Photo Credit: Mine all mine!
After scouring the app store for four hours (literally) I was able to identify and download 15 apps that I thought (and hoped) would promote literacy and a love of reading for kids and teens that used the apps.
This was initially a homework assignment for my “Mobile Phones and Learning” class at Columbia, but I found myself wanting to go far beyond the required review of a single app and look at as many as I could find.
The BAD news is that there really aren’t that many apps out there that focus on literacy and reading, especially when you consider the amount focused on math and other subject areas. There are, of course, many apps devoted to teaching kids the basics of phonics and letters, but few apps or games were to be found that helped or encouraged older kids to read and to love reading and find it an enjoyable past time.
The GOOD news is that I *did* find a few apps that I consider to be amazing and would wholeheartedly recommend them to anyone with kids or who teaches reading or English.
So…in the coming days and weeks, I will share a review of each of the apps I test out. Hopefully you will be able to benefit from the reviews in a variety of ways, even if it’s just learning what app should be on your ‘must have’ list for your kid’s upcoming birthday.
Stay tuned: the first review will be out tomorrow!
Back from a long, mostly restful holiday break. School just started back up yesterday and I’m already enjoying my classes very much. I’m studying virtual worlds, mobile phones for learning, interactive media, and instructional design of ed tech.
But as much as I learn from my classmates and professors, I also learn a lot from Twitter. I’m still relatively ‘new’ to the Twitter scene, but I’ve already made some fantastic connections and picked up some great resources that have informed my research and studies. Twitter, despite my initial misgivings (aka: social media fatigue), is actually a wonderful way to start your personal learning network (PLN). It is truly easy to find and connect to other educators, researchers and #edtech gurus who all post excellent articles and provide a lot of ‘food for thought’ throughout the day. While at first, my English-major tendencies scoffed at the miserly 140 character limit, I now view it as one of the greatest benefits of Twitter: you can follow leaders in your field and other contacts, get their take on issues and avail yourself of their shared resources, without having to have long, protracted conversations with each of your followers or those you yourself follow. For a busy world, Twitter is perfection personified.
So, on that note: Follow Me @lindseyedixon and help me stay up on all things #edtech and I’ll do the same for you. I’m especially interested in the topics listed on my Twitter profile, but I’m also a musician, artist, polyglot (in training), multi-sport athlete and lover of all things pinot noir, so feel free to chat me up about those things, also.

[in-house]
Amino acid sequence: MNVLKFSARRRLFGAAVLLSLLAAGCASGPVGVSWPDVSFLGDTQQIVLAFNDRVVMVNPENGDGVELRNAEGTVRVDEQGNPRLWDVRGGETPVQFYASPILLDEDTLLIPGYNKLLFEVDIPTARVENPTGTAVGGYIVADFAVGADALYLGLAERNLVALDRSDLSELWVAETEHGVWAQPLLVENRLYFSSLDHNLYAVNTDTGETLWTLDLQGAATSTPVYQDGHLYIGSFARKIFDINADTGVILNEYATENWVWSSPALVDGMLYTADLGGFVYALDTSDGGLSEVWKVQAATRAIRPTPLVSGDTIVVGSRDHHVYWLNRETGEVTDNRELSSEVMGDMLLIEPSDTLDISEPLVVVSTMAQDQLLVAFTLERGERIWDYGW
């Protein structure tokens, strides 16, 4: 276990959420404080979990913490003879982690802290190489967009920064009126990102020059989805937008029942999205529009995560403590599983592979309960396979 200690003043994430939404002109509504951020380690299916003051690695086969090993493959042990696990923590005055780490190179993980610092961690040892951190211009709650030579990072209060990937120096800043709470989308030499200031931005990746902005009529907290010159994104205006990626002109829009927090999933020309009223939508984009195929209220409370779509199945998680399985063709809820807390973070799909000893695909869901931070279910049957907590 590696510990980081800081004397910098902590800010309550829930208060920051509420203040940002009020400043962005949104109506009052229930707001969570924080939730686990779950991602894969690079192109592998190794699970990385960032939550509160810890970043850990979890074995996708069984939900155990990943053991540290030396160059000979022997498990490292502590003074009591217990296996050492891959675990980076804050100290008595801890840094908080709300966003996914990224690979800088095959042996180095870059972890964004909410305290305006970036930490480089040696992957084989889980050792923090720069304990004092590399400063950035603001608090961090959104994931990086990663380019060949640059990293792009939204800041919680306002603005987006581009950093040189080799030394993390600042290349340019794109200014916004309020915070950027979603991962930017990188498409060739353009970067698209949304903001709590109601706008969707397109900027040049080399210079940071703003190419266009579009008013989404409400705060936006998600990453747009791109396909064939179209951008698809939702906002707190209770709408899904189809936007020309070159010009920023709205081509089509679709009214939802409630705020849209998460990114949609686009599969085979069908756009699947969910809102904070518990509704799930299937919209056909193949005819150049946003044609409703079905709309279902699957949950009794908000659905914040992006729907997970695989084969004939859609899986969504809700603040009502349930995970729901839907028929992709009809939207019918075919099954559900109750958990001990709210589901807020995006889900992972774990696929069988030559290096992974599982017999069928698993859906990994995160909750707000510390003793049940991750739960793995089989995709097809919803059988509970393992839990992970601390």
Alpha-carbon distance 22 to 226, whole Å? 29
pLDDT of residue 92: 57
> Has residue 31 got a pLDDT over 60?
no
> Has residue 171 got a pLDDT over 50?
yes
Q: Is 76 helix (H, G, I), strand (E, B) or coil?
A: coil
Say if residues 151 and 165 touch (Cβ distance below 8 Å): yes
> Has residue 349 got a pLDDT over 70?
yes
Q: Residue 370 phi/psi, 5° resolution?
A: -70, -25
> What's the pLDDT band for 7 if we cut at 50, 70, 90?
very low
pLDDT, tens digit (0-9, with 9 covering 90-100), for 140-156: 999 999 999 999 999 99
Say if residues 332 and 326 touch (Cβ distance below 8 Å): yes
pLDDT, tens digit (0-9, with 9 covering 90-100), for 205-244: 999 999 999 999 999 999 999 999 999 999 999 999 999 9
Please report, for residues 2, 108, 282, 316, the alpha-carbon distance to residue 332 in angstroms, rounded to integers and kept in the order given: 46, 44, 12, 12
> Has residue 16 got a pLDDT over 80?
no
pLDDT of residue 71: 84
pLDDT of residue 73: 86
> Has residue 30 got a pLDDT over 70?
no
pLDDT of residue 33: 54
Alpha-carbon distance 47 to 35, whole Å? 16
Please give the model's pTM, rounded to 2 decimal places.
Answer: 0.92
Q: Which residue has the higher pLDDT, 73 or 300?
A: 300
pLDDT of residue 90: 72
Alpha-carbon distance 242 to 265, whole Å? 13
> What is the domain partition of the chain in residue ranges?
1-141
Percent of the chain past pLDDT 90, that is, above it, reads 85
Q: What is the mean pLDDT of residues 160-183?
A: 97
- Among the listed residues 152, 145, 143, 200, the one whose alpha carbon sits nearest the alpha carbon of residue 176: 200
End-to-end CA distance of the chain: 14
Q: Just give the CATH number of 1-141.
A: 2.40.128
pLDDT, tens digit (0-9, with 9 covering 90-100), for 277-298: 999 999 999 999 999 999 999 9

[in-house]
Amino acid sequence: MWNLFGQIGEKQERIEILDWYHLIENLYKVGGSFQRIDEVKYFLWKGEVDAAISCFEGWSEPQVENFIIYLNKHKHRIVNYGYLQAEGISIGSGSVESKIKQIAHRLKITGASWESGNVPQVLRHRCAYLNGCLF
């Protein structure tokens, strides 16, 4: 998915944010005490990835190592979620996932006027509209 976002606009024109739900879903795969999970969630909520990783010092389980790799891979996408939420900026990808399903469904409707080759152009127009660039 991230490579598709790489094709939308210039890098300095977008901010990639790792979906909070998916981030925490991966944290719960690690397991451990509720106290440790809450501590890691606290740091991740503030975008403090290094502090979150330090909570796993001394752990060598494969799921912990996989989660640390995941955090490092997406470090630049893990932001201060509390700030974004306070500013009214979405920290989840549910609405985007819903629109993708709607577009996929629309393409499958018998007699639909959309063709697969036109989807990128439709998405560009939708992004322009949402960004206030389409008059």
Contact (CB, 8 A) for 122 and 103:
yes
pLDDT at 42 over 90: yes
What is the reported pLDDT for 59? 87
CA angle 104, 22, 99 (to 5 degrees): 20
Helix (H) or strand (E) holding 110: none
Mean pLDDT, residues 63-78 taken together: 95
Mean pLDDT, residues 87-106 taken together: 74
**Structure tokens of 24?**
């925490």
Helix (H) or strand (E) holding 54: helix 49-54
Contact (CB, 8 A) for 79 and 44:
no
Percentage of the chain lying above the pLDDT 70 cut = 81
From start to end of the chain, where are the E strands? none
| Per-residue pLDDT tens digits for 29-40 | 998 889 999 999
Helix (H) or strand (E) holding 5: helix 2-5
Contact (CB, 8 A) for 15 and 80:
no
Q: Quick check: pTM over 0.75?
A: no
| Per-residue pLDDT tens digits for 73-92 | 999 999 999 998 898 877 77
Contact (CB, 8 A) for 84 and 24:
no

This week I read and analysed the article by Matt Richtel in the New York Times, “In School of the Future, Stagnant Scores” that looked at the inclusion of technology in Arizona’s Kyrene school district in 2005. Though tens of millions of dollars were spent on the new technology, scores did not go up in Kyrene’s schools (though they did rise at the statewide level). Richtel posits that the expenditure on technology wasn’t worth it without “proof” that student achievement–measured by high-stakes tests–improved. My argument is that the type of learning done with the new technology isn’t what is assessed in this outdated high-stakes exams…
I’d like to take a brief moment (the time it takes to read this blog post) to point out the importance of properly and skillfully integrating graphics and images into websites and textbooks. Done right, and graphics can save readers a lot of time and better explain some concepts in ways print and text just can’t compete with. That being said, there are far too many examples (sadly) of images and graphics done the wrong way, where they become an eyesore and detractor to a page and to a readers’ enjoyment and comprehension of the content. I offer up two examples to make my point:
The Good: Apple’s “Apps for Education” Showcase.
What’s great about this page is that each category (or school subject) is augmented and enhanced by the included pictures. Each section is not overwhelmed by the graphics and the menu below each graphic allows the user the option to see more graphics and examples, rather than the page being cluttered by potentially unnecessary images.
The Bad: Discovery Education’s Lesson Plans Page
Though it isn’t a truly “bad” example of graphics implementation (meaning that there is obviously a rhyme and reason for the placement of the graphics), Discovery’s page shows a less than stellar effort where graphics are involved. Each page, regardless of the topic or difficulty of subject matter, only has one picture. Each picture is a rather non-descript thumbnail that truly neither adds to nor detracts from the page. The images themselves are mostly low-res and don’t offer any functionality or improved experience to the user. …they are just pictures, and not worth a thousand words, or even two.